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After Roe v. Wade, Pa. sees more women registering as Democrats

Most of those registering are under age 25, Democratic consulting firm says

  • Gabriela Martínez
A celebration outside the Supreme Court, Friday, June 24, 2022, in Washington. The Supreme Court has ended constitutional protections for abortion that had been in place nearly 50 years — a decision by its conservative majority to overturn the court's landmark abortion cases.

Steve Helber / AP Photo

A celebration outside the Supreme Court, Friday, June 24, 2022, in Washington. The Supreme Court has ended constitutional protections for abortion that had been in place nearly 50 years — a decision by its conservative majority to overturn the court's landmark abortion cases.

A Democratic consulting firm found that Pennsylvania has one of the biggest gender gaps in new voter registrations.

TargetSmart began analyzing voter registration data in different states after the Kansas primary, in which voters rejected a constitutional amendment that said there is no right to abortion. The firm wanted to see how voter registrations had changed since June 24 – the day the U.S. Supreme Court overturned Roe v. Wade.

In Pennsylvania, they found that 56 percent of new registrations in the state were from women.

“We took a closer look at who those women were, who were registering to vote, and found that they were overwhelmingly younger, and they were overwhelmingly Democrats,” said Tom Bonier, chief executive of TargetSmart.

Sixty-two percent of women registered were Democrats, while 15% registered as Republicans. Fifty-four percent of the new registrants are under the age of 25. As a comparison, 41% of men who registered were under the age of 25 – 43% were Democrats and 28% were Republicans. The bulk of the women who registered, 76%, are from cities and suburbs.

Bonier said Republican Congressional districts had the biggest gender gaps. 

Of those, the largest was in the 9th district, which stretches from the New York state line to just south of Lebanon and is represented by Republican Dan Meuser.

Bonier says his firm plans to track whether the new registrants will actually show up to cast a vote on Election Day.

“Above and beyond voter registration, does that translate into intensity and higher turnout? In the general election generally, what we found from other states, and in past elections is when a group surge is in registration, it tends to surge in turnout, as well,” Bonier said.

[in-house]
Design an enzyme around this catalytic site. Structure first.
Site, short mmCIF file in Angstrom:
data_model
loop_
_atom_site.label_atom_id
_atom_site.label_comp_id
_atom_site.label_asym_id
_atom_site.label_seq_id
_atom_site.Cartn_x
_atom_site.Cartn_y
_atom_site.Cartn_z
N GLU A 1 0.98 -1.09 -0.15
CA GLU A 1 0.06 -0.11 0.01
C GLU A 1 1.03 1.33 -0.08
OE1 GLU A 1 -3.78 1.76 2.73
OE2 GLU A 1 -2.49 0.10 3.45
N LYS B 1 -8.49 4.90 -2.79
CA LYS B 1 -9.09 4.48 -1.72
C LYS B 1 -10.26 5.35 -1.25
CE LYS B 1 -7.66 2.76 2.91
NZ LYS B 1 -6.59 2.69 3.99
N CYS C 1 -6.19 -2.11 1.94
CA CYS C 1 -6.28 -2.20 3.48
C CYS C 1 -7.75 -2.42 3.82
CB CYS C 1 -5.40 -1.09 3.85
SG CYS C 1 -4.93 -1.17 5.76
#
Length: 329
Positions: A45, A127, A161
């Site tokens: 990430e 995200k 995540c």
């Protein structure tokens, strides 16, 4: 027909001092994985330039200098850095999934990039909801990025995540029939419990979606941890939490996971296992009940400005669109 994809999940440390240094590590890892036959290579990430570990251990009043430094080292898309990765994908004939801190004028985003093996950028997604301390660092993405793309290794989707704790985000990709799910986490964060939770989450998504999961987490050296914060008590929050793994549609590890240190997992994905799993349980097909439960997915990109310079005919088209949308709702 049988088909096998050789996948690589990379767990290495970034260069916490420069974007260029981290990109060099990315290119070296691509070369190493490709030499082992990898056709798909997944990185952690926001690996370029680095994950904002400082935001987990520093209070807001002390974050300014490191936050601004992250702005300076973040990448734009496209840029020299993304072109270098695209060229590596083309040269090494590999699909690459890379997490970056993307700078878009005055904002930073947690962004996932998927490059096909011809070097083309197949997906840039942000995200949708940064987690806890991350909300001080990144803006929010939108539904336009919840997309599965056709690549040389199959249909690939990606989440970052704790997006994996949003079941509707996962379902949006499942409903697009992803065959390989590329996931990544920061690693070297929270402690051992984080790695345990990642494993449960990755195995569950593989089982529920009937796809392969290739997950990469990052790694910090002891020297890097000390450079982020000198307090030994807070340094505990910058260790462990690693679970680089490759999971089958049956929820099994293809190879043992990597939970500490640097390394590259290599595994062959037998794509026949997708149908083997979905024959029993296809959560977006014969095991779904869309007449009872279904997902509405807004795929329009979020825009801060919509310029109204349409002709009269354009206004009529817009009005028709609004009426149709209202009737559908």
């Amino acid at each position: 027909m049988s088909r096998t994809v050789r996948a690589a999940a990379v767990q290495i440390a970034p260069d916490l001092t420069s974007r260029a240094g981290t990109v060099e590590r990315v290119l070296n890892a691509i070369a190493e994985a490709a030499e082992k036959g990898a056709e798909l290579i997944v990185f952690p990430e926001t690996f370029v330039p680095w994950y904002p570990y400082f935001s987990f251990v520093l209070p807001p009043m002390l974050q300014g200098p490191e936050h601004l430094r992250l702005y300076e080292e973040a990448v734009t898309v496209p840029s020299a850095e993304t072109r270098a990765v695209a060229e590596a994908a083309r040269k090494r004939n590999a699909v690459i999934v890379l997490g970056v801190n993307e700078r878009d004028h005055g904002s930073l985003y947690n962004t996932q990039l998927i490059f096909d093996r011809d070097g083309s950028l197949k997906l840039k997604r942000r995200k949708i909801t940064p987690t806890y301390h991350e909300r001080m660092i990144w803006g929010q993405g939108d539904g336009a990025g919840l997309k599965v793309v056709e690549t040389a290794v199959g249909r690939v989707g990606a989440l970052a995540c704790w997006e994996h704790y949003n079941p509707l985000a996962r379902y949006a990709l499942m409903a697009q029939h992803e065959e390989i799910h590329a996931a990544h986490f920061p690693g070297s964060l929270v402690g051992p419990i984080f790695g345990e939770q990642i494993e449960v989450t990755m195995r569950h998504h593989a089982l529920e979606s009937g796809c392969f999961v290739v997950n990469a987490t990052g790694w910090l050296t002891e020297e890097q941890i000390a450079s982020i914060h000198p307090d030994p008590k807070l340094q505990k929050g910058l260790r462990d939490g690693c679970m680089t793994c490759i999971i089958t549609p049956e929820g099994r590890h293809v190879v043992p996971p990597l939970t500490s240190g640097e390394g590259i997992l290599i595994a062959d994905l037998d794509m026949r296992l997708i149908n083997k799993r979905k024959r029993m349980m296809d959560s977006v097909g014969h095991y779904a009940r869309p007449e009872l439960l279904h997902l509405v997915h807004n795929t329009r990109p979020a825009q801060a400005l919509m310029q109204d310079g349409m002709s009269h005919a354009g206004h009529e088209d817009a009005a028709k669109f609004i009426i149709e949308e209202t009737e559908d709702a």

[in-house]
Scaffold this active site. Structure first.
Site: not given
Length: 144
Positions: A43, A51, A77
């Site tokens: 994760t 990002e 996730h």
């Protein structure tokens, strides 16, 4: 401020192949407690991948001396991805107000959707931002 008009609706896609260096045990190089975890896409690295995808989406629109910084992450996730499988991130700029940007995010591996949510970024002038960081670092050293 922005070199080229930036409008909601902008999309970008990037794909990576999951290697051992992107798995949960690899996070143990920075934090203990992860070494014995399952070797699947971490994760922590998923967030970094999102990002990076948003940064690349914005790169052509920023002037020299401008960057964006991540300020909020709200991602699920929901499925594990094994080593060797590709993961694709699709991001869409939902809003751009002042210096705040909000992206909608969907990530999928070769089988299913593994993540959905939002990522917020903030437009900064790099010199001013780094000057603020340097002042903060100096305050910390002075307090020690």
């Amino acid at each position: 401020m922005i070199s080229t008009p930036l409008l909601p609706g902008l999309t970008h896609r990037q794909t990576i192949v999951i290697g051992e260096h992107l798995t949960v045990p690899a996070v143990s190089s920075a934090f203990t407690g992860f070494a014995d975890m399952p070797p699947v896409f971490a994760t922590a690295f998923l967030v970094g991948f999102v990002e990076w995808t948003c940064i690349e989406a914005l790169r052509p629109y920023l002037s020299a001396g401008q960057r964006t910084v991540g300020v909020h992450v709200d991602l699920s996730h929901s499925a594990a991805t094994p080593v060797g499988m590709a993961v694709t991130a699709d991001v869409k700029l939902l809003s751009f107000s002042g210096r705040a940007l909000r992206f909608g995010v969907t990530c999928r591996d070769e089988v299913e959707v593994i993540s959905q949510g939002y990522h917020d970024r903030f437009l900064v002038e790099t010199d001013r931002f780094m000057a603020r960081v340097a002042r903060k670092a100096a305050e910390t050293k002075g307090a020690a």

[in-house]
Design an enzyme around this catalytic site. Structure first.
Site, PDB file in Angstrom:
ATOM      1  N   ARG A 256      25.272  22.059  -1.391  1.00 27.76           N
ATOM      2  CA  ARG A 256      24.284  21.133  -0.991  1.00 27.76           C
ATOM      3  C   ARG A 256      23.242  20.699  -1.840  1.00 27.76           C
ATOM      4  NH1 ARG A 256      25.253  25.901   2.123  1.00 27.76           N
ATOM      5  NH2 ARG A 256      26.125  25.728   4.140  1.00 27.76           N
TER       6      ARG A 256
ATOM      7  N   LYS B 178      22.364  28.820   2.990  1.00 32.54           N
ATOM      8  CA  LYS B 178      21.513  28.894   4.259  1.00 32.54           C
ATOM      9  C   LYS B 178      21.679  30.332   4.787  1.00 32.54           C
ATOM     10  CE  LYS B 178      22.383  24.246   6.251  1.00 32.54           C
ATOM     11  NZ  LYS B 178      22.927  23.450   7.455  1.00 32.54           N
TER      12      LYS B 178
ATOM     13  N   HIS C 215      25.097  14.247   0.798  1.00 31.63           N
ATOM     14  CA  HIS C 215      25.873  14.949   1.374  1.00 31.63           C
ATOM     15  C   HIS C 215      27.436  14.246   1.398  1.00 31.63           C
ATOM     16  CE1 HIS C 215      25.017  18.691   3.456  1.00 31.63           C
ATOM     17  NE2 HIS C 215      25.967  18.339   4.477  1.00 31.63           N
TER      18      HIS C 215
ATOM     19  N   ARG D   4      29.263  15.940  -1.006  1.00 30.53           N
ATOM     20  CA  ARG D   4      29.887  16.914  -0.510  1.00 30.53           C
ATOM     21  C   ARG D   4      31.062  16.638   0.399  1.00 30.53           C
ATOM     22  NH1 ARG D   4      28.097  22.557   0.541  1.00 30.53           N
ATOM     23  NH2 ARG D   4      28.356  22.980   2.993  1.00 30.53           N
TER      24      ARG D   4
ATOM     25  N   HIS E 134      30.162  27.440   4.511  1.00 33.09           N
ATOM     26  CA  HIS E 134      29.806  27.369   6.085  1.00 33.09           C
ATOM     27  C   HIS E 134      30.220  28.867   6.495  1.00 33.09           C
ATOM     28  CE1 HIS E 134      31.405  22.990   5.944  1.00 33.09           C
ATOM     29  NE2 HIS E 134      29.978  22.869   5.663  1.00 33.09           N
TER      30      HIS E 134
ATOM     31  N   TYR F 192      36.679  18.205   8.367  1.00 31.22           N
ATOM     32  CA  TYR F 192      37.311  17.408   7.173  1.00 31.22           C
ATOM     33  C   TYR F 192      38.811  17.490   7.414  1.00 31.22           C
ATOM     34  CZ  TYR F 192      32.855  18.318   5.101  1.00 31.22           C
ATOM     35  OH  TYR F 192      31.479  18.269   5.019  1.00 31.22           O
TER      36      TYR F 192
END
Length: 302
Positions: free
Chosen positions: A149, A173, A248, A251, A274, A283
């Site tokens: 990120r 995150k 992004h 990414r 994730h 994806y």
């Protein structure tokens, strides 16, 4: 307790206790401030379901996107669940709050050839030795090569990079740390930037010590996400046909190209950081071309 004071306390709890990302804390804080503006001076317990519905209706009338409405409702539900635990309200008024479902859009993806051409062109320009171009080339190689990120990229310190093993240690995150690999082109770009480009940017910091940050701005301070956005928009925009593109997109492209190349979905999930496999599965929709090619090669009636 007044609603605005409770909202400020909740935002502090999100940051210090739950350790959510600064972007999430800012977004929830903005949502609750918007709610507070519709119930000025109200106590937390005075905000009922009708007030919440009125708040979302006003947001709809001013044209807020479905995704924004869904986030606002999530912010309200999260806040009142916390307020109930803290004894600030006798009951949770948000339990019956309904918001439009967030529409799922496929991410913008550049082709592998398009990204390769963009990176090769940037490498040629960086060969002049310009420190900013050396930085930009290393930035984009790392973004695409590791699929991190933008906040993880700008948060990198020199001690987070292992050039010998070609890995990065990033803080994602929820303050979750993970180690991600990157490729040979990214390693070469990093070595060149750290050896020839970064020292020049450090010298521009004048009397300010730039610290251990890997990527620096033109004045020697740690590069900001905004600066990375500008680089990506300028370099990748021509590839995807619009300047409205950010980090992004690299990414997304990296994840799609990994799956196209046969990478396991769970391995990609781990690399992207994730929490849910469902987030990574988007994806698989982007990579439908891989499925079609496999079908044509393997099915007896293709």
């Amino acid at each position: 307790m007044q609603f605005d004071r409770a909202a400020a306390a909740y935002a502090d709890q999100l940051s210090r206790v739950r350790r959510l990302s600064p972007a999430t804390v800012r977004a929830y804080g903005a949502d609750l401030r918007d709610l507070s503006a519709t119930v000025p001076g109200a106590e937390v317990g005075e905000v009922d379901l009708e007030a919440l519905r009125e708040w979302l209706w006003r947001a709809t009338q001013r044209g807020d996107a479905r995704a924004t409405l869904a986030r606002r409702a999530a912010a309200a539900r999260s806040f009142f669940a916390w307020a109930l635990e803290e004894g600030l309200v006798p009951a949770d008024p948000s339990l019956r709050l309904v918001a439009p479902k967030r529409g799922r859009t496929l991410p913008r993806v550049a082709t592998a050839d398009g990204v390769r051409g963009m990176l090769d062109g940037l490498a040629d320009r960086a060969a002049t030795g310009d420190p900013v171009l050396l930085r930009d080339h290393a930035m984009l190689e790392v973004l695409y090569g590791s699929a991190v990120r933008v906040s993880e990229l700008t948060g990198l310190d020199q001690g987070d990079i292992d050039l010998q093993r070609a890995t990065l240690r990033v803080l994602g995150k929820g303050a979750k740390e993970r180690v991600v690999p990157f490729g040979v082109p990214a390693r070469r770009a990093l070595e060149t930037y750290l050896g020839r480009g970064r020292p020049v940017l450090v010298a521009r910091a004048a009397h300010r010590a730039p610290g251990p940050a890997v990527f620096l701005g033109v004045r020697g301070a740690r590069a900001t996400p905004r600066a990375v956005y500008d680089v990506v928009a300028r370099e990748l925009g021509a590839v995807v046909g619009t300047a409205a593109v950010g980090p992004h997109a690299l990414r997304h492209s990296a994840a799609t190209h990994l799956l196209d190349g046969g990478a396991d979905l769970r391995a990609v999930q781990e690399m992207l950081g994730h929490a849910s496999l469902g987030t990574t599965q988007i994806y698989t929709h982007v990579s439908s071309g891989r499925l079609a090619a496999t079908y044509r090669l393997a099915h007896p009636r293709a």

Democratic groups that have been leading voter outreach efforts have noticed the trend on the ground. 

Colleen Nguyen, southcentral Pennsylvania organizer with Democratic group Turn PA Blue, runs voter registration events, and she says she has been noticing some voters coming to these events to switch parties.

 Nguyen says she and other canvassers have been knocking on a lot of Republican doors and talking to women who are registered Republicans, but are excited to vote for Democratic candidates because of the Dobbs decision.

“I think people have come to realize that it is an actual thing that could happen, that we could lose abortion rights in Pennsylvania, and the only thing we they can do is vote Democrat to save it, “ Nguyen said.

Turn PA Blue also runs a statewide Woman to Woman phone bank, and has been hearing from voters who have abortion on their minds. Jamie Perrapato, executive director for the group, says she noticed an uptick in volunteers after the decision in the Dobbs case that overturned Roe v. Wade.

Samuel Chen, a GOP strategist who founded The Liddell Group , says it is likely the Dobbs decision might have caused an uptick in voter registrations or party switches among women. 

“From a purely political electioneering standpoint, this is not good news. And the reason for that is that Republicans have been turning the tide on Democrat registration advantages for the last several years,” Chen said.

A recent Franklin & Marshall College poll showed that 52% of registered Pennsylvania voters believe abortion should be legal in some circumstances, and 37% believe it should be legal in all circumstances. Eleven percent believe it should be illegal in all circumstances. More than half Pennsylvania voters say they would oppose amending the state’s constitution to say there is no right to an abortion.

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